Frankenstein Criticism (AO3)

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  • Frankenstein AO3
    • Treat a person ill, and he will become wicked
    • The author expels her own guilt both for having caused her mother's death and for having failed to produce a healthy son for Percy
    • Victor Frankenstein is an example of the Romantic over-reacher, who transgresses boundaries between the human and the divine
    • [Walton] seems to be a very shadowy double of Victor Frankenstein in many ways
    • [Shelley] thought these people had crossed a line, but she had a lot of admiration for scientific thought in general
    • The creatures initial innocence suggests you are not born a monster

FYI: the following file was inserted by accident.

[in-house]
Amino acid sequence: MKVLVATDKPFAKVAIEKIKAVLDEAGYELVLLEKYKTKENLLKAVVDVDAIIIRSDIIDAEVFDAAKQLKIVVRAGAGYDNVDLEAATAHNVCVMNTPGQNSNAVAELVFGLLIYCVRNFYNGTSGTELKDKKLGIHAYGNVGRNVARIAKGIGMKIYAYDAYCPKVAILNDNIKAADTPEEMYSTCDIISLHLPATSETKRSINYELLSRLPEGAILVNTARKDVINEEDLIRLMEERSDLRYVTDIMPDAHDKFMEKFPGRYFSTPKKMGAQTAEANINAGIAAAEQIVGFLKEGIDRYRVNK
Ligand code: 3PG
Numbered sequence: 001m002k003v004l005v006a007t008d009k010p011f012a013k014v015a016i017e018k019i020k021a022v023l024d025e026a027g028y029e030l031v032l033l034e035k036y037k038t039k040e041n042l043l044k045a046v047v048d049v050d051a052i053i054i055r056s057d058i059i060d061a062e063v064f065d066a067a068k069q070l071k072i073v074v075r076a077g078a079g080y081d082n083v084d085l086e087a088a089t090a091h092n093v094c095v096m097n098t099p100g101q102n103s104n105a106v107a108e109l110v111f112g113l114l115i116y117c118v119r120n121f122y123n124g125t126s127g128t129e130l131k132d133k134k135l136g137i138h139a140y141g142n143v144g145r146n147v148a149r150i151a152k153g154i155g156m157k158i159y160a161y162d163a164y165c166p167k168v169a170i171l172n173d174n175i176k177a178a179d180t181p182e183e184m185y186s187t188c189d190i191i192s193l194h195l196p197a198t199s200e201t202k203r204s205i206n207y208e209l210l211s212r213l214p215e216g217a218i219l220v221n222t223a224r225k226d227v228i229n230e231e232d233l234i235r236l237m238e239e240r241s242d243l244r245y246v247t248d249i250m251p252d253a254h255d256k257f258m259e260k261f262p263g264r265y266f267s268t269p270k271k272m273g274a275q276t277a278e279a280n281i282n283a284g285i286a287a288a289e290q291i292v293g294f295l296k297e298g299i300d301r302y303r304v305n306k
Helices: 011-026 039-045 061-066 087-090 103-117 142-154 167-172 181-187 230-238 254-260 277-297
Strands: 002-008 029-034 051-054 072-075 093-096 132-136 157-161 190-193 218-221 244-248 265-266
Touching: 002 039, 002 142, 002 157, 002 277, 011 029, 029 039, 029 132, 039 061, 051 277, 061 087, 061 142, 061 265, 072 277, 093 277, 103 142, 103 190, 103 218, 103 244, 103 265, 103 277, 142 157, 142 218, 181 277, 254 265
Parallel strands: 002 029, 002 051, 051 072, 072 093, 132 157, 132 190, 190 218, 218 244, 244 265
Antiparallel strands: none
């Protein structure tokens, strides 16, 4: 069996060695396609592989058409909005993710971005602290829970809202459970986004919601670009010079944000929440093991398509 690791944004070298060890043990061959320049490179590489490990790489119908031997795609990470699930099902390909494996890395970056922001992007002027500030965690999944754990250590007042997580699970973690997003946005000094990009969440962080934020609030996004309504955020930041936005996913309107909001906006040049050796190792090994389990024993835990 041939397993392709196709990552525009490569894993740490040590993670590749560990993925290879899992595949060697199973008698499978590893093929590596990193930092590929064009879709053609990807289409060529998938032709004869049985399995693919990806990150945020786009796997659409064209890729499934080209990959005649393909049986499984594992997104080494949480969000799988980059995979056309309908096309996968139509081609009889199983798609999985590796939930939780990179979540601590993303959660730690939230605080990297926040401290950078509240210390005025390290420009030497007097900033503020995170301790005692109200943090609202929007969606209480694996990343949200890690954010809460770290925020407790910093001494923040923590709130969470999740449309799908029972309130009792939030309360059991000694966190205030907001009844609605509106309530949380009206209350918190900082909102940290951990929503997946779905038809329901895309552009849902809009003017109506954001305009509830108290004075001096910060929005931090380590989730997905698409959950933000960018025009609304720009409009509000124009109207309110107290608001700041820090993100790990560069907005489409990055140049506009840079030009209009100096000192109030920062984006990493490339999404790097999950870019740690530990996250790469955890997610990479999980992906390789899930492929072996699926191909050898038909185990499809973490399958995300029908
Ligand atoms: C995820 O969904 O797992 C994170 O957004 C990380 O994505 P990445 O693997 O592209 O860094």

• For Shelley, body is fate... it is ugliness that fuels the monster's social exclusion
    • Mother's in Frankenstein are categorically dead because their biological function is... defiled
    • The monster... is not a fully formed individual, but an "abortion"
    • The creatures desire for companionship is one of his most human qualities - Punter
    • Frankenstein is searching after forbidden knowledge - Punter
    • Frankenstein's main sin is not his act of creation, but his failure to take responsibility for what he produces - Punter
    • The boundaries between the human and the monster in Frankenstein remain problematically blurred - Williams
    • Henry is a model of conjoined masculine and feminine traits - Smith


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